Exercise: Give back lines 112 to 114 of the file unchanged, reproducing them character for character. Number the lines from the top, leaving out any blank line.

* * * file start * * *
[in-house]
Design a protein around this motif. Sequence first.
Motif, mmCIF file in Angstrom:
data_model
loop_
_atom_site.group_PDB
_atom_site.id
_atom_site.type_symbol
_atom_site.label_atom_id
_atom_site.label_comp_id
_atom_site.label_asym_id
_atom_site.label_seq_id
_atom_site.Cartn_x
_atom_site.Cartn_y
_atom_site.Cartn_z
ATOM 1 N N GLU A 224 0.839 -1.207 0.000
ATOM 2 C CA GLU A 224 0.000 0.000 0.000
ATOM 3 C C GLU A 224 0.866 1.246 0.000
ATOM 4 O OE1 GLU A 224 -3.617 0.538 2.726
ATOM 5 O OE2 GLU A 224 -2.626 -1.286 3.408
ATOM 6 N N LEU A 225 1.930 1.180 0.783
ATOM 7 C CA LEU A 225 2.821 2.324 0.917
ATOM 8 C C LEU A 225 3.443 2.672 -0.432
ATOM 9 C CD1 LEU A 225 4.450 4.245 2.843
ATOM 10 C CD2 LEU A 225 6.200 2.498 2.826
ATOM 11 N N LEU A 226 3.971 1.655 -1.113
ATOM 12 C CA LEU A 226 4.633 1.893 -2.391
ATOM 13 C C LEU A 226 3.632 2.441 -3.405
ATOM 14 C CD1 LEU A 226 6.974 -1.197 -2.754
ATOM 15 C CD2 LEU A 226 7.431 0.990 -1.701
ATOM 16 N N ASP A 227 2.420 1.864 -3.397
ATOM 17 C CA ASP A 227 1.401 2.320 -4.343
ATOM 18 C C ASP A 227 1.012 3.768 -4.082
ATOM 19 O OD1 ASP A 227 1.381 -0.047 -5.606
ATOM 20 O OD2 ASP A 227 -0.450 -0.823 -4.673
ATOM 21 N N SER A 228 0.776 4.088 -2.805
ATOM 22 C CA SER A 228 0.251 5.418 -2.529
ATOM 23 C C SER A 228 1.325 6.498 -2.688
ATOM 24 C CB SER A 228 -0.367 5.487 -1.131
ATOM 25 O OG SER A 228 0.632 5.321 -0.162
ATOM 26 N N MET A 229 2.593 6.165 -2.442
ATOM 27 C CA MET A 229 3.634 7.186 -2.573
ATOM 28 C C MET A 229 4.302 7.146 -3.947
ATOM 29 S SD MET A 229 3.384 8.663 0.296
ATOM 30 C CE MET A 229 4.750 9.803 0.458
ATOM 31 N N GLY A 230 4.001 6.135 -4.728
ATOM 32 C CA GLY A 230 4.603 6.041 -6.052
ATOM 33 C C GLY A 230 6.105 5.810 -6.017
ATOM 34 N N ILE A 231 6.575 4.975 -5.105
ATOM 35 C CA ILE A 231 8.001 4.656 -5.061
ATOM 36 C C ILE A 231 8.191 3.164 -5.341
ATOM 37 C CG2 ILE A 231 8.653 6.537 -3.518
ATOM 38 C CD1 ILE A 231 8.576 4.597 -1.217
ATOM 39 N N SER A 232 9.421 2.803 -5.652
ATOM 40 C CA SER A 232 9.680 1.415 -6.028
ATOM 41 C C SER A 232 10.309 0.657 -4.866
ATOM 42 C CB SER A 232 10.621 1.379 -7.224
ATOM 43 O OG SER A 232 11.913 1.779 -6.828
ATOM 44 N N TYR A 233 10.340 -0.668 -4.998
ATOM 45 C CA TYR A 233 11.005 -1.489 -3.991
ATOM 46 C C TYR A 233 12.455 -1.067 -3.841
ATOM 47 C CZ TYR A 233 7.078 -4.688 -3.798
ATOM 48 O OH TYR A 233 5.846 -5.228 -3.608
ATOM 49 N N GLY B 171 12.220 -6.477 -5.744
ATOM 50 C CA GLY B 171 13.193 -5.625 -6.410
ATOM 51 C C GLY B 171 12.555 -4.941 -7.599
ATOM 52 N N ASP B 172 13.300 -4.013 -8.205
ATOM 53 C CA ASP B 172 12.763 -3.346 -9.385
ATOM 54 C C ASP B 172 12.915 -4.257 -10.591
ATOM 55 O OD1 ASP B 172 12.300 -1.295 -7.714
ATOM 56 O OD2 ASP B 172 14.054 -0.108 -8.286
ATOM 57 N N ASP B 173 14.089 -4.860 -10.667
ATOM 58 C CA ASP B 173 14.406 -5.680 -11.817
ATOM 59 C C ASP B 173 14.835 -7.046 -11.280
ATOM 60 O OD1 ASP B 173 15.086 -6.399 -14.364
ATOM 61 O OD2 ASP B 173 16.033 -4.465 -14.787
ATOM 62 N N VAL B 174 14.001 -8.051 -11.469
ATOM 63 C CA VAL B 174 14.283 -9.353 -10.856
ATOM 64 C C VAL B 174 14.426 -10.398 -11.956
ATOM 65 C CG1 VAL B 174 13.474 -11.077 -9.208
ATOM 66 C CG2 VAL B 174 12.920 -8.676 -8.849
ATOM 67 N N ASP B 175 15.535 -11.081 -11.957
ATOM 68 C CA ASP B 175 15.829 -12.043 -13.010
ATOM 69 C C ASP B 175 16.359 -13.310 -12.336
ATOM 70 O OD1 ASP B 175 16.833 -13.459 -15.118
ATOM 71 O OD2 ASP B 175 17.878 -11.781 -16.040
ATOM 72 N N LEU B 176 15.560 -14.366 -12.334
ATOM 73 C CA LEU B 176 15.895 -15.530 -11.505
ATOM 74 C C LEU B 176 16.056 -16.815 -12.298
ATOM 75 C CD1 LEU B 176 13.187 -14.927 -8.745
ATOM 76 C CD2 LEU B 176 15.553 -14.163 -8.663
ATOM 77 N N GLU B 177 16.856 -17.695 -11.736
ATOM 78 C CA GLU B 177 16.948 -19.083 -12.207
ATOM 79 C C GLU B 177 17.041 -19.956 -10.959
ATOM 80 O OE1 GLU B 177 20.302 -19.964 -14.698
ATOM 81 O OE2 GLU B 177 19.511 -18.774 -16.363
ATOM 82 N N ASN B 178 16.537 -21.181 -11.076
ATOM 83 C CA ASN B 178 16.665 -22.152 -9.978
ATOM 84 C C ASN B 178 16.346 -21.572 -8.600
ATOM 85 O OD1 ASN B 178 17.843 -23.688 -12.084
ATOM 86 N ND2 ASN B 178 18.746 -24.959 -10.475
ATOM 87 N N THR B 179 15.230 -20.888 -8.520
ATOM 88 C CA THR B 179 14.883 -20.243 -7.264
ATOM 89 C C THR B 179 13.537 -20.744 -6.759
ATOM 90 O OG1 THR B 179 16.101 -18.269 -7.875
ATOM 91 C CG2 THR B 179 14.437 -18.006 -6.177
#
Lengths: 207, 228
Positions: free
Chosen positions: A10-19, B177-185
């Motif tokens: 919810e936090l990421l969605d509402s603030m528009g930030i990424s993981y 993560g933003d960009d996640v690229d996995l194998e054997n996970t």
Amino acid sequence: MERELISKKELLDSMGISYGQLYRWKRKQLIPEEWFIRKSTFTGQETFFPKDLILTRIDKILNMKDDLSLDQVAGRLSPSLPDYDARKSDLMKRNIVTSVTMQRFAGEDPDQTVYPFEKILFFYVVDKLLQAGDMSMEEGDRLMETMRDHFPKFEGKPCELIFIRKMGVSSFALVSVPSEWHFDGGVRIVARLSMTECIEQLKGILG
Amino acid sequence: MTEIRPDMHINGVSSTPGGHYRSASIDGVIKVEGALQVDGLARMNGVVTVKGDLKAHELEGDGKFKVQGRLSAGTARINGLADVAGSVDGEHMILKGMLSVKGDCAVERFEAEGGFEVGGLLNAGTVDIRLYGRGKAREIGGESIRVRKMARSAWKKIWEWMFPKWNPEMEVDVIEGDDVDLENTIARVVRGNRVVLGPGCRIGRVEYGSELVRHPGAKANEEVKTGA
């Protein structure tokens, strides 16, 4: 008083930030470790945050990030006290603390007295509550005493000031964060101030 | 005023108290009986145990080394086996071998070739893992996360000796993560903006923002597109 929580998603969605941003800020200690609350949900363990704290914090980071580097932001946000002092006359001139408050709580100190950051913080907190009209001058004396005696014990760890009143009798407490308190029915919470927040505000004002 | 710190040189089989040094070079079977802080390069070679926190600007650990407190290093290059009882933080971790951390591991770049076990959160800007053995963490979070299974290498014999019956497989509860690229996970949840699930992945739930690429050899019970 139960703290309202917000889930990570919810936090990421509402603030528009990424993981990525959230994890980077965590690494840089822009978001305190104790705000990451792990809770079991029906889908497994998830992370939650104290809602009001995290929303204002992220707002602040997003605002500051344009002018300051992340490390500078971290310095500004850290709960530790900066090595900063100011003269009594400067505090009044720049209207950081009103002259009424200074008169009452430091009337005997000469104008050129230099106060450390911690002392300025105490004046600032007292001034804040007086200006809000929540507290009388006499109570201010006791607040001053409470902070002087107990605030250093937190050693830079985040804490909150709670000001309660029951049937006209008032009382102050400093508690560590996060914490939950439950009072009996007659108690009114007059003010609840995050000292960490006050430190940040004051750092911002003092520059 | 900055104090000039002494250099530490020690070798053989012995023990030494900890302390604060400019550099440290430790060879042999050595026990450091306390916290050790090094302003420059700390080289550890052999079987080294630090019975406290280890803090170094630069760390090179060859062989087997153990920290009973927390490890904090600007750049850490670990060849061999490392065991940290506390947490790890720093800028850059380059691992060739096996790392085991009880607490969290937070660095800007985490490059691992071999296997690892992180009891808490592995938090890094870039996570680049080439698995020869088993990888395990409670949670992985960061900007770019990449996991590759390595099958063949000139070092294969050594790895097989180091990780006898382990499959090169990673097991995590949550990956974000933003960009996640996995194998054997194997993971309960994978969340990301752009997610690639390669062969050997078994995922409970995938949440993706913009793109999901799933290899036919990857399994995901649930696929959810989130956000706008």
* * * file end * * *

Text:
Amino acid sequence: MERELISKKELLDSMGISYGQLYRWKRKQLIPEEWFIRKSTFTGQETFFPKDLILTRIDKILNMKDDLSLDQVAGRLSPSLPDYDARKSDLMKRNIVTSVTMQRFAGEDPDQTVYPFEKILFFYVVDKLLQAGDMSMEEGDRLMETMRDHFPKFEGKPCELIFIRKMGVSSFALVSVPSEWHFDGGVRIVARLSMTECIEQLKGILG
Amino acid sequence: MTEIRPDMHINGVSSTPGGHYRSASIDGVIKVEGALQVDGLARMNGVVTVKGDLKAHELEGDGKFKVQGRLSAGTARINGLADVAGSVDGEHMILKGMLSVKGDCAVERFEAEGGFEVGGLLNAGTVDIRLYGRGKAREIGGESIRVRKMARSAWKKIWEWMFPKWNPEMEVDVIEGDDVDLENTIARVVRGNRVVLGPGCRIGRVEYGSELVRHPGAKANEEVKTGA
């Protein structure tokens, strides 16, 4: 008083930030470790945050990030006290603390007295509550005493000031964060101030 | 005023108290009986145990080394086996071998070739893992996360000796993560903006923002597109 929580998603969605941003800020200690609350949900363990704290914090980071580097932001946000002092006359001139408050709580100190950051913080907190009209001058004396005696014990760890009143009798407490308190029915919470927040505000004002 | 710190040189089989040094070079079977802080390069070679926190600007650990407190290093290059009882933080971790951390591991770049076990959160800007053995963490979070299974290498014999019956497989509860690229996970949840699930992945739930690429050899019970 139960703290309202917000889930990570919810936090990421509402603030528009990424993981990525959230994890980077965590690494840089822009978001305190104790705000990451792990809770079991029906889908497994998830992370939650104290809602009001995290929303204002992220707002602040997003605002500051344009002018300051992340490390500078971290310095500004850290709960530790900066090595900063100011003269009594400067505090009044720049209207950081009103002259009424200074008169009452430091009337005997000469104008050129230099106060450390911690002392300025105490004046600032007292001034804040007086200006809000929540507290009388006499109570201010006791607040001053409470902070002087107990605030250093937190050693830079985040804490909150709670000001309660029951049937006209008032009382102050400093508690560590996060914490939950439950009072009996007659108690009114007059003010609840995050000292960490006050430190940040004051750092911002003092520059 | 900055104090000039002494250099530490020690070798053989012995023990030494900890302390604060400019550099440290430790060879042999050595026990450091306390916290050790090094302003420059700390080289550890052999079987080294630090019975406290280890803090170094630069760390090179060859062989087997153990920290009973927390490890904090600007750049850490670990060849061999490392065991940290506390947490790890720093800028850059380059691992060739096996790392085991009880607490969290937070660095800007985490490059691992071999296997690892992180009891808490592995938090890094870039996570680049080439698995020869088993990888395990409670949670992985960061900007770019990449996991590759390595099958063949000139070092294969050594790895097989180091990780006898382990499959090169990673097991995590949550990956974000933003960009996640996995194998054997194997993971309960994978969340990301752009997610690639390669062969050997078994995922409970995938949440993706913009793109999901799933290899036919990857399994995901649930696929959810989130956000706008």